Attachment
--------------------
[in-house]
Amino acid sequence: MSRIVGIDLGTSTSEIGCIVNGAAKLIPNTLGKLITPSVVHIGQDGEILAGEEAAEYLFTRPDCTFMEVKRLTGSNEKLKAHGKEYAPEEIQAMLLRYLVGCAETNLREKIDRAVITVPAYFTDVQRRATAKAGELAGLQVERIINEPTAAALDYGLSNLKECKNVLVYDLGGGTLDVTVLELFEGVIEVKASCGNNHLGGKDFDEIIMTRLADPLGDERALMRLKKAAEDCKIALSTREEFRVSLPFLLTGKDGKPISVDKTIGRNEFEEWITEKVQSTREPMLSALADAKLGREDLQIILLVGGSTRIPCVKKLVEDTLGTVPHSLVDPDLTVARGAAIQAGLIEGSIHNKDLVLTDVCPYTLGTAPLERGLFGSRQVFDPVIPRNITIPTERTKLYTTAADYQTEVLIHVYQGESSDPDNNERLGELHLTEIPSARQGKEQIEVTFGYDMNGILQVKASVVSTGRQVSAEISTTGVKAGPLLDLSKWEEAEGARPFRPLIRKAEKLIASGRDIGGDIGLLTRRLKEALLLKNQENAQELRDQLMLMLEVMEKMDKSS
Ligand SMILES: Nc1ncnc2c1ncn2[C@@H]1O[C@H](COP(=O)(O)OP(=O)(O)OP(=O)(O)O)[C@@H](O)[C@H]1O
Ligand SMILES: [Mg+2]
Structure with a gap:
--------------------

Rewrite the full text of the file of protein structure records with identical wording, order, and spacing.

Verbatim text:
[in-house]
Amino acid sequence: MSRIVGIDLGTSTSEIGCIVNGAAKLIPNTLGKLITPSVVHIGQDGEILAGEEAAEYLFTRPDCTFMEVKRLTGSNEKLKAHGKEYAPEEIQAMLLRYLVGCAETNLREKIDRAVITVPAYFTDVQRRATAKAGELAGLQVERIINEPTAAALDYGLSNLKECKNVLVYDLGGGTLDVTVLELFEGVIEVKASCGNNHLGGKDFDEIIMTRLADPLGDERALMRLKKAAEDCKIALSTREEFRVSLPFLLTGKDGKPISVDKTIGRNEFEEWITEKVQSTREPMLSALADAKLGREDLQIILLVGGSTRIPCVKKLVEDTLGTVPHSLVDPDLTVARGAAIQAGLIEGSIHNKDLVLTDVCPYTLGTAPLERGLFGSRQVFDPVIPRNITIPTERTKLYTTAADYQTEVLIHVYQGESSDPDNNERLGELHLTEIPSARQGKEQIEVTFGYDMNGILQVKASVVSTGRQVSAEISTTGVKAGPLLDLSKWEEAEGARPFRPLIRKAEKLIASGRDIGGDIGLLTRRLKEALLLKNQENAQELRDQLMLMLEVMEKMDKSS
Ligand SMILES: Nc1ncnc2c1ncn2[C@@H]1O[C@H](COP(=O)(O)OP(=O)(O)OP(=O)(O)O)[C@@H](O)[C@H]1O
Ligand SMILES: [Mg+2]
Structure with a gap: